What difference does it make whether it's a "family park" or not? Who cares if he has full arm tattoos, so long as they're not pornographic or excessively violent/scary to kids? They're just pictures.

Whether or not your reasoning is correct, that doesn't change the fact that a lot of parents don't feel comfortable having their (especially young) children around that sort of thing. Obviously for Waldameer, it isn't that much of an issue. But many other parks still take the matter seriously. Your opinion is irrelevant. But I still like you.

My author website: mgrantroberts.com

Raven-Phile's avatar

I'm not saying that no one has the right to be uncomfortable, but I'm pretty tired of the "it's a family park" saying being tossed around whenever someone doesn't like something.

I mean, all families are different, and chances are good that the tattooed guy has a family, too.

What I get out of it, is a thinly-veiled way of saying "no freaks allowed". Just because someone is different, or makes someone uncomfortable, doesn't mean they're in the wrong. Some people are uncomfortable around people who are missing limbs, but we still allow them in "family parks". That's all I'm saying.

LostKause's avatar

I totally agree with Josh here, and I wanted to comment about it but didn't quite know how to express my thoughts about this. Well said, Raven-Phile.

I have three earrings. I was told by a possible future employer that if I was hired, I would have to take them out, as that is their policy, yet that policy doesn't apply to women. I would reluctantly comply with that, if i was offered the job, but I'm sure that some of the male customers who frequent that place of business wear earrings. It could be their way of weeding out "the gays", or people who use drugs, or whatever stereotype they want to place on it. It could also be a way to appease their customers ignorant assumptions.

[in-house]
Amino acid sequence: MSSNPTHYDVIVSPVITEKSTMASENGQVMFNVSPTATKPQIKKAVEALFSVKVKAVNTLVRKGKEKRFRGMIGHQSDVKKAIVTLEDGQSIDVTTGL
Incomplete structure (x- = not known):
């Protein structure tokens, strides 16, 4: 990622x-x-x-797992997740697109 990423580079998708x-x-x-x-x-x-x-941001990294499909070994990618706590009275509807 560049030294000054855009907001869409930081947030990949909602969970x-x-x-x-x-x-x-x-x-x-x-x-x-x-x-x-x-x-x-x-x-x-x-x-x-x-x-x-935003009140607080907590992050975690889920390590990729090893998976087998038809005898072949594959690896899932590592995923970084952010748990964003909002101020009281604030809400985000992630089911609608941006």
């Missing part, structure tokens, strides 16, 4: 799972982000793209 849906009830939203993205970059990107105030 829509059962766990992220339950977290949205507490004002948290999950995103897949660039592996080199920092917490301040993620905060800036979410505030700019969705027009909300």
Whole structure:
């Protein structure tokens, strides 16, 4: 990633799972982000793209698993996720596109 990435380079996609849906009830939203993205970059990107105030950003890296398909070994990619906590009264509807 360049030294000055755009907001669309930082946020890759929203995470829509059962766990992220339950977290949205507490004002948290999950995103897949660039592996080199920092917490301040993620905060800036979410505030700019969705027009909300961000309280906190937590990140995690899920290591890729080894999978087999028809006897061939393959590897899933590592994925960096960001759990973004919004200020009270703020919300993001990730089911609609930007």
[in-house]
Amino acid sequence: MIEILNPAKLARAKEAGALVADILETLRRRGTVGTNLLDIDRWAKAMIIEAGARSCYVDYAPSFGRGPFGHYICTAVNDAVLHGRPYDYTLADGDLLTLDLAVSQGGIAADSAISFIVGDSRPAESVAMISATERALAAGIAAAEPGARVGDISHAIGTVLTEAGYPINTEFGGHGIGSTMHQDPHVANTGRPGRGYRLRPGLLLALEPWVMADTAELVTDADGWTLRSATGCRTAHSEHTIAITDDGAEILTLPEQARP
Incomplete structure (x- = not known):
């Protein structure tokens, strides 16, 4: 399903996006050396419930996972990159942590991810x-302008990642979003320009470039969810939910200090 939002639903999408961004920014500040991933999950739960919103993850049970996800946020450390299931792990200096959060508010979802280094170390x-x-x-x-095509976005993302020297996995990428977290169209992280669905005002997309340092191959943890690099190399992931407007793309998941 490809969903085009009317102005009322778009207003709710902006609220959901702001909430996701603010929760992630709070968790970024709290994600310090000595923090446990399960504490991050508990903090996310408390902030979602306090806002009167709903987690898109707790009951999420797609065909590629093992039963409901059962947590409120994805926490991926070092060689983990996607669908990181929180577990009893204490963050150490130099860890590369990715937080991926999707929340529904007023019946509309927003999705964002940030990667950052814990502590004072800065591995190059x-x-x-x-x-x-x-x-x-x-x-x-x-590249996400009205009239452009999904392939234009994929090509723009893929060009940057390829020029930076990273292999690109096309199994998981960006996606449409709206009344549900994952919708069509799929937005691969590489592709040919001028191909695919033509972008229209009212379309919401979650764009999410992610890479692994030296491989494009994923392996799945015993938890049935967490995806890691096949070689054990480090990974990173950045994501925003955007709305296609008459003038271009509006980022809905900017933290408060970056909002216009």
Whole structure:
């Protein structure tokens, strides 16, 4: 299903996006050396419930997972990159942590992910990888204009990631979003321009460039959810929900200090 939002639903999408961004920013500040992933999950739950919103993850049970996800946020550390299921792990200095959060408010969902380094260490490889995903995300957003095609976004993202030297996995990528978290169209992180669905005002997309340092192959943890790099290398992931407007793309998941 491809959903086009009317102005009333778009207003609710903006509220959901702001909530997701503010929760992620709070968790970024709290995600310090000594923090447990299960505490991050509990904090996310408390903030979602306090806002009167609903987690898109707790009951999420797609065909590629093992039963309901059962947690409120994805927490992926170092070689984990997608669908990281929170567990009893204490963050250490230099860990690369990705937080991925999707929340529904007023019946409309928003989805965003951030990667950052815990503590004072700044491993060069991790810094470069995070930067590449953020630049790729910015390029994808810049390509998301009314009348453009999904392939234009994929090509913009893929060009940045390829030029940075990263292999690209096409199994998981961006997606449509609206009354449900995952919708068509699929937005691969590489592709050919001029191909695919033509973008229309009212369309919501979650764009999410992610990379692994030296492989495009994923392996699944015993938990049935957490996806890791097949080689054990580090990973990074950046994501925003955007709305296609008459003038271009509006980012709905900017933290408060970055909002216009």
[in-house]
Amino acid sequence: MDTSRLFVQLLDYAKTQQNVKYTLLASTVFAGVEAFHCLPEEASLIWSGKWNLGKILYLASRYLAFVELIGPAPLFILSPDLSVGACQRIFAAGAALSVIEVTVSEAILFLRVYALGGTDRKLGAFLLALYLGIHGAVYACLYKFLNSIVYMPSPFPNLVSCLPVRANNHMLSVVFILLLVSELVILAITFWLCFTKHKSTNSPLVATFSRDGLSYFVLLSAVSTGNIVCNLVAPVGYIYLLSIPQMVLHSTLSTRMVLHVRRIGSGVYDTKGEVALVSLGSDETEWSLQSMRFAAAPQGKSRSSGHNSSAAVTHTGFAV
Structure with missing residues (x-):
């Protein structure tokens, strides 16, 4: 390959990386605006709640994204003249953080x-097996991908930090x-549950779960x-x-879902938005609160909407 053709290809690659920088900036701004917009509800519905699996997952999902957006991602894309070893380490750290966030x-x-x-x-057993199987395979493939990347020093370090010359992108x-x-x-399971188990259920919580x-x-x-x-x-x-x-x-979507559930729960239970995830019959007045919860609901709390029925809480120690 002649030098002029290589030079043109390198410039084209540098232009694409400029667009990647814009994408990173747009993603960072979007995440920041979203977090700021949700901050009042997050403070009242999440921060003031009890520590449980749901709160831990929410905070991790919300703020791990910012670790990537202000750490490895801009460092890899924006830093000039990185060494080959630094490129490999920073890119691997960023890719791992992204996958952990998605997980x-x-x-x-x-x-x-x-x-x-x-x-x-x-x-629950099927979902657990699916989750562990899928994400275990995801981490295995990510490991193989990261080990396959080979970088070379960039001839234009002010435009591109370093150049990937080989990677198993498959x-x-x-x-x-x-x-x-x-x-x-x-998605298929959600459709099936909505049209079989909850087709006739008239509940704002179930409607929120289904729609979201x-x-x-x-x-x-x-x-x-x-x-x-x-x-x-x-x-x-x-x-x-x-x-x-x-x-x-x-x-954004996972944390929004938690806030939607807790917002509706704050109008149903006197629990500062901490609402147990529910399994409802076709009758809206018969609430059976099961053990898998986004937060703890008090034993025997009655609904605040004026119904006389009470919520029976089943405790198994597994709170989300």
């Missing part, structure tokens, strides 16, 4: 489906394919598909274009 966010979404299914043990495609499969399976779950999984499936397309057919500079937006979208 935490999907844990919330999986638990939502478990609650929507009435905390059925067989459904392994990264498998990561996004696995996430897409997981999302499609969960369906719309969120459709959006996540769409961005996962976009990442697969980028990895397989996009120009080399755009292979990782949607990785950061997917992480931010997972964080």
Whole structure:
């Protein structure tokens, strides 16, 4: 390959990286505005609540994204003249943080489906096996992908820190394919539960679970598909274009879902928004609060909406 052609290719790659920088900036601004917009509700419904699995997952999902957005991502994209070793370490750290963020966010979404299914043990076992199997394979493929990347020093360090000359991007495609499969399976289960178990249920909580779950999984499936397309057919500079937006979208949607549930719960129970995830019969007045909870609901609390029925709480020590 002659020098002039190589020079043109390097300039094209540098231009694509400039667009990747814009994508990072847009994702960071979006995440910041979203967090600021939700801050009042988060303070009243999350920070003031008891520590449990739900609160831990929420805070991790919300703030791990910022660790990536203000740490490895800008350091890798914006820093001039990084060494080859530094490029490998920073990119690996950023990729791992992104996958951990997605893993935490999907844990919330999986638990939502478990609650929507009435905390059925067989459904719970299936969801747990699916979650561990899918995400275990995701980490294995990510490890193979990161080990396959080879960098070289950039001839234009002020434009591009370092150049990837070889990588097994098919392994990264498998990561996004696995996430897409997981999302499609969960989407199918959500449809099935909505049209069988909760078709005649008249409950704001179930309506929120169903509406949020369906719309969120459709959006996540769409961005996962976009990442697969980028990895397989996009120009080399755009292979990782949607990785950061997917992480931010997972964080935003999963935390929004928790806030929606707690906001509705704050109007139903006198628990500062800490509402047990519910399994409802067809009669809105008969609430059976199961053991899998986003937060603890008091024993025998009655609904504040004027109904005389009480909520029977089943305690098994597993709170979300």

A lot of people have tattoos. Tats are especially popular these days, for some reason. I'd love to live in a world where people didn't judge a book by it's cover, even when that cover looks that way by choice.

I dunno. You guys seem kind of thin-skinned... ;)

And for the record, I don't have any tats. But I do have a tot. I just asked her, and she says that she only likes temporary tats, because she heard the permanent ones hurt. :)

My author website: mgrantroberts.com

Jeff's avatar

I don't remember how I found it, but read this woman's blog. She's covered in tattoos, is married to a tattoo artist, has two beautiful kids, raises farm animals and is a community activist. That seems remarkably like a family.

"E"Coster Gurl: If you can't see the light here, it's because your head is stuck in your ass.